The air filters were extracted and subsequently quantified for PI369 content by liquid chromatography tandem mass spectrometry.  The analysis was consistent with quantitation and validation methods criteria set forth by the USFDA.  At constant flow through the filter, the analysis revealed that the filter with the highest content of IPI369, or worst-case exposure where the filter was located near the rollers, to be 0.77 microgram/ kg body weight/ day (0.23% of the level of reasonable certainty of no harm.  Adjusting for the number of breaths a person takes during moderate activity, the amount of PI369 detected on the filter does not exceed 5% (16.5 microgram/ kg body weight/ day) of the level of reasonable certainty of no harm, which is less than 0.02% (20 microgram/ kg body weight/ day) of the NOAEL.

This technical paper is the culmination of the three projects which provides data for the current risk assessment of PI369.  Equally important, this study provides a framework for future exposure testing for other chemicals.  Additionally, risk-based assessments provide better information to companies for requirements of personal protective equipment (PPE).  Global markets for chemicals and raw materials in ink manufacturing is continuously changing.  Following an explosion at a chemical plant in March 2019, the production of key intermediates and photoinitiators is expected to be affected due to efforts by the Chinese government to improve safety conditions (Bloomberg, 2019).   The ability of ink manufacturers to make production and formulation decisions based on the actual risk to employees and customers, as opposed to making decisions based on perceived risk or hazard, can potentially allow for more efficient allocation of scarce materials. As the global supply of raw materials change and safety and toxicology data become available, it is becoming more important to determine actual exposure and risk, determine and create benchmarks for exposure.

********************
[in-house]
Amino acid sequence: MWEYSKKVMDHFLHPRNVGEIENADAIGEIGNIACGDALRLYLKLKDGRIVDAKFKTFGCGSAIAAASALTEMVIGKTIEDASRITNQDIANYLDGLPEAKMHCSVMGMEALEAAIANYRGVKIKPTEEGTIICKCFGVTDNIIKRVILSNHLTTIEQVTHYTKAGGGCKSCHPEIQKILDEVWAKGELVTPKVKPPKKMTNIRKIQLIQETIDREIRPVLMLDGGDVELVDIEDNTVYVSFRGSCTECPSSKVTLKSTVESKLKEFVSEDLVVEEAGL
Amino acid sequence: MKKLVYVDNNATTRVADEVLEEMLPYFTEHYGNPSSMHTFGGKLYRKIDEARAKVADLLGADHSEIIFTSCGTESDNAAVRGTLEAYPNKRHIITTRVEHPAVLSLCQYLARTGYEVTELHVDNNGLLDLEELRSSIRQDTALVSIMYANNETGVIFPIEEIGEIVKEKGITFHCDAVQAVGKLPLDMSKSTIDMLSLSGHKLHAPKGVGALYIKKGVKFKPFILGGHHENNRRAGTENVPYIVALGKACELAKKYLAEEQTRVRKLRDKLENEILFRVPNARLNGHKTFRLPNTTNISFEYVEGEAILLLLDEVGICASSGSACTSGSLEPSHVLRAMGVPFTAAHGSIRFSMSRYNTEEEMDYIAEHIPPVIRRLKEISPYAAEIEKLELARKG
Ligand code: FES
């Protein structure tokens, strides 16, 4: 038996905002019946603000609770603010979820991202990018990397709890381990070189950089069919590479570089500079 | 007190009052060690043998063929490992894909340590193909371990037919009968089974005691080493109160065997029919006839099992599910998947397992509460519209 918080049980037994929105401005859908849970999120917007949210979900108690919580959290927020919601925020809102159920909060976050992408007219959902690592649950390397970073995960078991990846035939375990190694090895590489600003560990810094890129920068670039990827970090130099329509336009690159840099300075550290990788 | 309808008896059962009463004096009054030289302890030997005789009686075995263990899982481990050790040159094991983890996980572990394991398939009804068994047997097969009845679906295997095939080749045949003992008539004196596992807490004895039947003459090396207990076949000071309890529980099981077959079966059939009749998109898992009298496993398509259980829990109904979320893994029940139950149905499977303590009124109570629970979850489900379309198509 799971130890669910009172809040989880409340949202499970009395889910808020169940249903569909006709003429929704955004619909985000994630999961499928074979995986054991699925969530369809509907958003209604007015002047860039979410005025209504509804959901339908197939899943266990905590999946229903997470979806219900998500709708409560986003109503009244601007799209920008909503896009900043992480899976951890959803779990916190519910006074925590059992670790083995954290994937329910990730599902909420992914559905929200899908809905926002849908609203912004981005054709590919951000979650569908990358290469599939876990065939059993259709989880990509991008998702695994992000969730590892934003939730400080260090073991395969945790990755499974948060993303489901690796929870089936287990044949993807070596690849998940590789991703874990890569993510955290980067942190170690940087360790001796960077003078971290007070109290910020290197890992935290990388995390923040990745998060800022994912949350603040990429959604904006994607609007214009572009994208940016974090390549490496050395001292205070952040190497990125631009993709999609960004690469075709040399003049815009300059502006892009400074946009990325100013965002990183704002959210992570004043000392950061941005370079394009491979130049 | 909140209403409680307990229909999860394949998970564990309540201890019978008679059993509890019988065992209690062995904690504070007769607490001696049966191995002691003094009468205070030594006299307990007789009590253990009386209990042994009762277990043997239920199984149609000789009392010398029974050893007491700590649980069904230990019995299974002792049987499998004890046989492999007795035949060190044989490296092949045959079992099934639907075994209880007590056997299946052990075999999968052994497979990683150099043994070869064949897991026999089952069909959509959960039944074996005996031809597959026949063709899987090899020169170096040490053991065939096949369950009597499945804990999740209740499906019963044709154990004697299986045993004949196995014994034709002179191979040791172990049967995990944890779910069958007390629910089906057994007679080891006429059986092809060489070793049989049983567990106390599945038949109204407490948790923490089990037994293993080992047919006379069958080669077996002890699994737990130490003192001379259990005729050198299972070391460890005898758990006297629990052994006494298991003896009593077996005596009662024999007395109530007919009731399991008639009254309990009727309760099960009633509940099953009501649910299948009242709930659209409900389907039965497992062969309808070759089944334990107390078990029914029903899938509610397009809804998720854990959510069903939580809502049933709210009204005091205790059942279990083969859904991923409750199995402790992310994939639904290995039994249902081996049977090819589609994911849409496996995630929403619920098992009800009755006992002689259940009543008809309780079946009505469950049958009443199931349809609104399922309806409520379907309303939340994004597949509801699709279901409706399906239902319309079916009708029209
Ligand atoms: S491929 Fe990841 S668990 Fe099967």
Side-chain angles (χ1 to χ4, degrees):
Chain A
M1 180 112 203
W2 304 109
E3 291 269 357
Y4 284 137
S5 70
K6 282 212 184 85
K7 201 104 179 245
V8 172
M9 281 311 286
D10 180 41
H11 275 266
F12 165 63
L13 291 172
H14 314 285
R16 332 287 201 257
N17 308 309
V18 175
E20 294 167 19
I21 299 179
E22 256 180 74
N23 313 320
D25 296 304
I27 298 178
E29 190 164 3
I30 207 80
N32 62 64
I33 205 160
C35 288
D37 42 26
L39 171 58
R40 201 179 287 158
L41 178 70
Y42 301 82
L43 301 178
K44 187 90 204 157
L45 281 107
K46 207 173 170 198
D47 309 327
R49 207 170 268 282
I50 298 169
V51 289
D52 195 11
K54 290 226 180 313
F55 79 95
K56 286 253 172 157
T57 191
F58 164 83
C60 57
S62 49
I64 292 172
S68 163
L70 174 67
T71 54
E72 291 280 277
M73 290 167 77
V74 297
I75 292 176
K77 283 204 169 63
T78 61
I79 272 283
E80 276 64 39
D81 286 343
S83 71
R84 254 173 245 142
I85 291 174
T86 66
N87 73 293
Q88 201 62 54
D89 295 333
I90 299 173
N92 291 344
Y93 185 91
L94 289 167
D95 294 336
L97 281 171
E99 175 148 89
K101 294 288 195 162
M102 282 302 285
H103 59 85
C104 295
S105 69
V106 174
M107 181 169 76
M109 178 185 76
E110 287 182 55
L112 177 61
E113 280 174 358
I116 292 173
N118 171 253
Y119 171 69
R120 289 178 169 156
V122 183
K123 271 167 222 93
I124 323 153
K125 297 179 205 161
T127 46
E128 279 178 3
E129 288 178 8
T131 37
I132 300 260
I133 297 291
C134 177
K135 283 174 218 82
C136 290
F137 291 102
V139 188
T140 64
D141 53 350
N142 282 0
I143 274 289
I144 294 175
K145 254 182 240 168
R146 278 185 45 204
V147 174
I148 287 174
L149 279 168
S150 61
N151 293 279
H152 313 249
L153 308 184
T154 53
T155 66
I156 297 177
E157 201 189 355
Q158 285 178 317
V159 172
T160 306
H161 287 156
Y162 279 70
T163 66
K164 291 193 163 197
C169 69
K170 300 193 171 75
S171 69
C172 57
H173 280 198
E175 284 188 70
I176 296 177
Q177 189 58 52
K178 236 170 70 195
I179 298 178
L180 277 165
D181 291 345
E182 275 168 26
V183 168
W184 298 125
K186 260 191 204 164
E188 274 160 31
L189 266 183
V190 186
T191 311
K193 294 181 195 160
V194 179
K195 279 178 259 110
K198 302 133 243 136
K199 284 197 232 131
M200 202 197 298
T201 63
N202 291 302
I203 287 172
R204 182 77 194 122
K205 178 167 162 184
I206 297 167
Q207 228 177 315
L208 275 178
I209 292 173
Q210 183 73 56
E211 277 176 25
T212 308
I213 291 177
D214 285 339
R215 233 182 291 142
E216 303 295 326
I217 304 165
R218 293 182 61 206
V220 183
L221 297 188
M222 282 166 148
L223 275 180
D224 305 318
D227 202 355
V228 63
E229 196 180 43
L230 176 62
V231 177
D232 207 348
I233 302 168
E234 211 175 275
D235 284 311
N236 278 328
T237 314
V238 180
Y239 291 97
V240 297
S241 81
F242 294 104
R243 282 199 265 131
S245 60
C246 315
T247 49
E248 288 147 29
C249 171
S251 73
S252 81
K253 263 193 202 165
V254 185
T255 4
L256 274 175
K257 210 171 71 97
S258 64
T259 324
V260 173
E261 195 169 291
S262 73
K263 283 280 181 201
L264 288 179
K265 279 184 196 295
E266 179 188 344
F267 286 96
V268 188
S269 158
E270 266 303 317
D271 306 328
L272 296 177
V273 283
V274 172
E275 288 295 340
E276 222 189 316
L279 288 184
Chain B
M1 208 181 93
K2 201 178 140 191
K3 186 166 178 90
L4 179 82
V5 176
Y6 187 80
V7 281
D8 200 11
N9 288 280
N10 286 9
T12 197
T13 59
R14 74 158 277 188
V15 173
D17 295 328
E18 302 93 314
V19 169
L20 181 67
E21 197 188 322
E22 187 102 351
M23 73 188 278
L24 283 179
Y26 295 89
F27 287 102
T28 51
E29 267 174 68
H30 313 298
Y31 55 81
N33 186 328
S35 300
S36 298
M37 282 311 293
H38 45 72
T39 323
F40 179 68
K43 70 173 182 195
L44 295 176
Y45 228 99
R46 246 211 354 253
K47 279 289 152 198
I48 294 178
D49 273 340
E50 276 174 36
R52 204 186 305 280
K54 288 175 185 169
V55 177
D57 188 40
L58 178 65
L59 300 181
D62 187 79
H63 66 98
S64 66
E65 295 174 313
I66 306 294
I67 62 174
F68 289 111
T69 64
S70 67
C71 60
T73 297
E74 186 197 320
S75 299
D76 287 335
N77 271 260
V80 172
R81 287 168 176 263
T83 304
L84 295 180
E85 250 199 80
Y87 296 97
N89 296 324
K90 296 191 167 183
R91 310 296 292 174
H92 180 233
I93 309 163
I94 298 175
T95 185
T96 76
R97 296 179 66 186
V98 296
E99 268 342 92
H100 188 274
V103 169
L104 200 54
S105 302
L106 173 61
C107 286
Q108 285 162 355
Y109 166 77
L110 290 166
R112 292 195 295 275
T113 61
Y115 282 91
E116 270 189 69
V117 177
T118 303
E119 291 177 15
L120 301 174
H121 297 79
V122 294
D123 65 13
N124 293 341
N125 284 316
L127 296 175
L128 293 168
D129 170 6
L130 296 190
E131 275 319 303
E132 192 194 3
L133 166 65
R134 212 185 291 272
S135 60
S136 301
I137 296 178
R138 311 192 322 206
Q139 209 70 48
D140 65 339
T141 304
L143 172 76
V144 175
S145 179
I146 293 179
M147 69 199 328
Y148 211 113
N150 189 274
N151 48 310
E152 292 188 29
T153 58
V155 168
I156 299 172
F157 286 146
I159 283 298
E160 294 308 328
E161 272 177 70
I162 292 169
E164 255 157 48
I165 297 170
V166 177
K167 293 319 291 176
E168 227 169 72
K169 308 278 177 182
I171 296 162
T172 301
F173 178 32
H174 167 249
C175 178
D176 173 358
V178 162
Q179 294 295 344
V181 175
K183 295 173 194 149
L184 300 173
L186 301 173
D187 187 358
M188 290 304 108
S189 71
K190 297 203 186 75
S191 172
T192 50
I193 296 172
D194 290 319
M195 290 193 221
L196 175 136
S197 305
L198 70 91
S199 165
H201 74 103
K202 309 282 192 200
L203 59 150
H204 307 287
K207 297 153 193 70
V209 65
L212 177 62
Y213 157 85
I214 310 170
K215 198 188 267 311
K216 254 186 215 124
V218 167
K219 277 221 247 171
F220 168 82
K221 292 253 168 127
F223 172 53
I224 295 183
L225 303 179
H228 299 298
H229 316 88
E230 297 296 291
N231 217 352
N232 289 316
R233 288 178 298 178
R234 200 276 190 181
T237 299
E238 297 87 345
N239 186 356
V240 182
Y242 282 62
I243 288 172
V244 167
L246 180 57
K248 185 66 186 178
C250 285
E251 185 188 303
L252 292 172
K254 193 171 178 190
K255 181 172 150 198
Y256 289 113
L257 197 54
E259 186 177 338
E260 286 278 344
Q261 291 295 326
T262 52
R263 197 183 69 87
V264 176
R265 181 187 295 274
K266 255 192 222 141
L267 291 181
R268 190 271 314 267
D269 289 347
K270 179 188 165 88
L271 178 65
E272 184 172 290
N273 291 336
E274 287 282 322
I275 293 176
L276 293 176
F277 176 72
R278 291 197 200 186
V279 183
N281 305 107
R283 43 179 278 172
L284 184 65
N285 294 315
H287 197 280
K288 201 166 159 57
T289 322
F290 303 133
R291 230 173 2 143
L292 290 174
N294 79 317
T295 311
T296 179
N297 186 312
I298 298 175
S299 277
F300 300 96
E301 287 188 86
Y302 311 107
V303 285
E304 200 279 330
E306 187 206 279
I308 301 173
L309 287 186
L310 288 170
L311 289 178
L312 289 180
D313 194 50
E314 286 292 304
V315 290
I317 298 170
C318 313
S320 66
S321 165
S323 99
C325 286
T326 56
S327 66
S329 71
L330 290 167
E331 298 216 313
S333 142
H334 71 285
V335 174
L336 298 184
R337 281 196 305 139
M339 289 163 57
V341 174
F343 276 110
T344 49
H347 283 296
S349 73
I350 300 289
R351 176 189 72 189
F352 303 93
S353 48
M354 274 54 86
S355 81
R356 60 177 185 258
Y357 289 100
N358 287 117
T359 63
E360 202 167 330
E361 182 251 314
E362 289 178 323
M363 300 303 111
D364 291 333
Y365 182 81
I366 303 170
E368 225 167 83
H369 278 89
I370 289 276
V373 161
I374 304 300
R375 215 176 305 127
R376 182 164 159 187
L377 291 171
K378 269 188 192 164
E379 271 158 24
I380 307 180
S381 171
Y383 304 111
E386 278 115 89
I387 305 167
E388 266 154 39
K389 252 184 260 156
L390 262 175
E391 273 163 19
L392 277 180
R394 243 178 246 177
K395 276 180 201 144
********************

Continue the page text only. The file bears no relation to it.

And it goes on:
Natasha Hausler Banke is an Analytical Chemist for INX International Ink Company at the West Chicago R&D facility.  Natasha received her PhD in Chemistry from Texas Christian University and began her career in Texas as a postdoctoral associate applying nuclear magnetic resonance (NMR) to the analysis of cellular metabolites.  Continuing her work at the University of Illinois at Chicago as a research professor, she added mass spectrometry to her analytical techniques for metabolic analysis.  The unifying themes of her research and publications have combined small molecule analysis by NMR and mass spectrometry for detection and quantification of analytes.  In the years since graduating, she has enjoyed teaching several classes and acquired a certification in research methods.

After 13 years in the academic world, in 2015 she transitioned to her current position, at INX International Ink Company, as an analytical chemist.  Natasha describes herself as an investigator.  Her current position allows her to solve complex problems by applying her understanding of method development and analyte detection to raw materials and ink systems.  In addition to her duties as an analytical chemist, she is a member of the Analytical Expert Working Group with EuPIA.